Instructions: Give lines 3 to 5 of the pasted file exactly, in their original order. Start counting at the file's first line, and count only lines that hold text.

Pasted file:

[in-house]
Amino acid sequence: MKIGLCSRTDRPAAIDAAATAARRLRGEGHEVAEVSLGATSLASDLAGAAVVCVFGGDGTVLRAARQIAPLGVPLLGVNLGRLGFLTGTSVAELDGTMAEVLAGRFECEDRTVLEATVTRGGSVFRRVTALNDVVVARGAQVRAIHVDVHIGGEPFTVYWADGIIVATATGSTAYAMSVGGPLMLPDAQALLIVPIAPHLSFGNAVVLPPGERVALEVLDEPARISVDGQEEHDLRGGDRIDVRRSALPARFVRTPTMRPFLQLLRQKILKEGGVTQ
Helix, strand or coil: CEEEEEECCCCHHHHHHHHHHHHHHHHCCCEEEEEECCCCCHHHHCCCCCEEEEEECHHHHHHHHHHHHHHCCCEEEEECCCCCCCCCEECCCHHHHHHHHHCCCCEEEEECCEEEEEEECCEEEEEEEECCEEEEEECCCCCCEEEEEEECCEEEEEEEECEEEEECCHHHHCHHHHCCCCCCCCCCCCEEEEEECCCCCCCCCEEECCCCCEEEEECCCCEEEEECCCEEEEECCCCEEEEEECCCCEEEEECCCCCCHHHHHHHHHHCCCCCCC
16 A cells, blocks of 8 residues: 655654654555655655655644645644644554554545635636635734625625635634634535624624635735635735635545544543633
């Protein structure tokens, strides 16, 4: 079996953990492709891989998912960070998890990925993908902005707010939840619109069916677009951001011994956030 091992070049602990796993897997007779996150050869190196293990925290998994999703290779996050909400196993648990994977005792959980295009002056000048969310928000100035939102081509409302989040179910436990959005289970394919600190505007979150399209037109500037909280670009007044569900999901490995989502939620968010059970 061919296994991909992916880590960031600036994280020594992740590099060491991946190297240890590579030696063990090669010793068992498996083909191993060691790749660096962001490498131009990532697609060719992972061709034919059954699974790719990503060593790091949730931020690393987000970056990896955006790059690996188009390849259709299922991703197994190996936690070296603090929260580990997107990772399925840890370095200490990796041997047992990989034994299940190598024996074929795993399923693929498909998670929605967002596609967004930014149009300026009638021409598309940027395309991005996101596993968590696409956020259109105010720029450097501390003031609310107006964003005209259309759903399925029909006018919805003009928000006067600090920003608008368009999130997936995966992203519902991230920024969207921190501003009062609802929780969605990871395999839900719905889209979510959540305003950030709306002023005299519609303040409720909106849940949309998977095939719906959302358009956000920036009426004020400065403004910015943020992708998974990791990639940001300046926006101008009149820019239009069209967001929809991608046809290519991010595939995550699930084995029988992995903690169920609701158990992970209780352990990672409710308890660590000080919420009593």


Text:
Helix, strand or coil: CEEEEEECCCCHHHHHHHHHHHHHHHHCCCEEEEEECCCCCHHHHCCCCCEEEEEECHHHHHHHHHHHHHHCCCEEEEECCCCCCCCCEECCCHHHHHHHHHCCCCEEEEECCEEEEEEECCEEEEEEEECCEEEEEECCCCCCEEEEEEECCEEEEEEEECEEEEECCHHHHCHHHHCCCCCCCCCCCCEEEEEECCCCCCCCCEEECCCCCEEEEECCCCEEEEECCCEEEEECCCCEEEEEECCCCEEEEECCCCCCHHHHHHHHHHCCCCCCC
16 A cells, blocks of 8 residues: 655654654555655655655644645644644554554545635636635734625625635634634535624624635735635735635545544543633
């Protein structure tokens, strides 16, 4: 079996953990492709891989998912960070998890990925993908902005707010939840619109069916677009951001011994956030 091992070049602990796993897997007779996150050869190196293990925290998994999703290779996050909400196993648990994977005792959980295009002056000048969310928000100035939102081509409302989040179910436990959005289970394919600190505007979150399209037109500037909280670009007044569900999901490995989502939620968010059970 061919296994991909992916880590960031600036994280020594992740590099060491991946190297240890590579030696063990090669010793068992498996083909191993060691790749660096962001490498131009990532697609060719992972061709034919059954699974790719990503060593790091949730931020690393987000970056990896955006790059690996188009390849259709299922991703197994190996936690070296603090929260580990997107990772399925840890370095200490990796041997047992990989034994299940190598024996074929795993399923693929498909998670929605967002596609967004930014149009300026009638021409598309940027395309991005996101596993968590696409956020259109105010720029450097501390003031609310107006964003005209259309759903399925029909006018919805003009928000006067600090920003608008368009999130997936995966992203519902991230920024969207921190501003009062609802929780969605990871395999839900719905889209979510959540305003950030709306002023005299519609303040409720909106849940949309998977095939719906959302358009956000920036009426004020400065403004910015943020992708998974990791990639940001300046926006101008009149820019239009069209967001929809991608046809290519991010595939995550699930084995029988992995903690169920609701158990992970209780352990990672409710308890660590000080919420009593």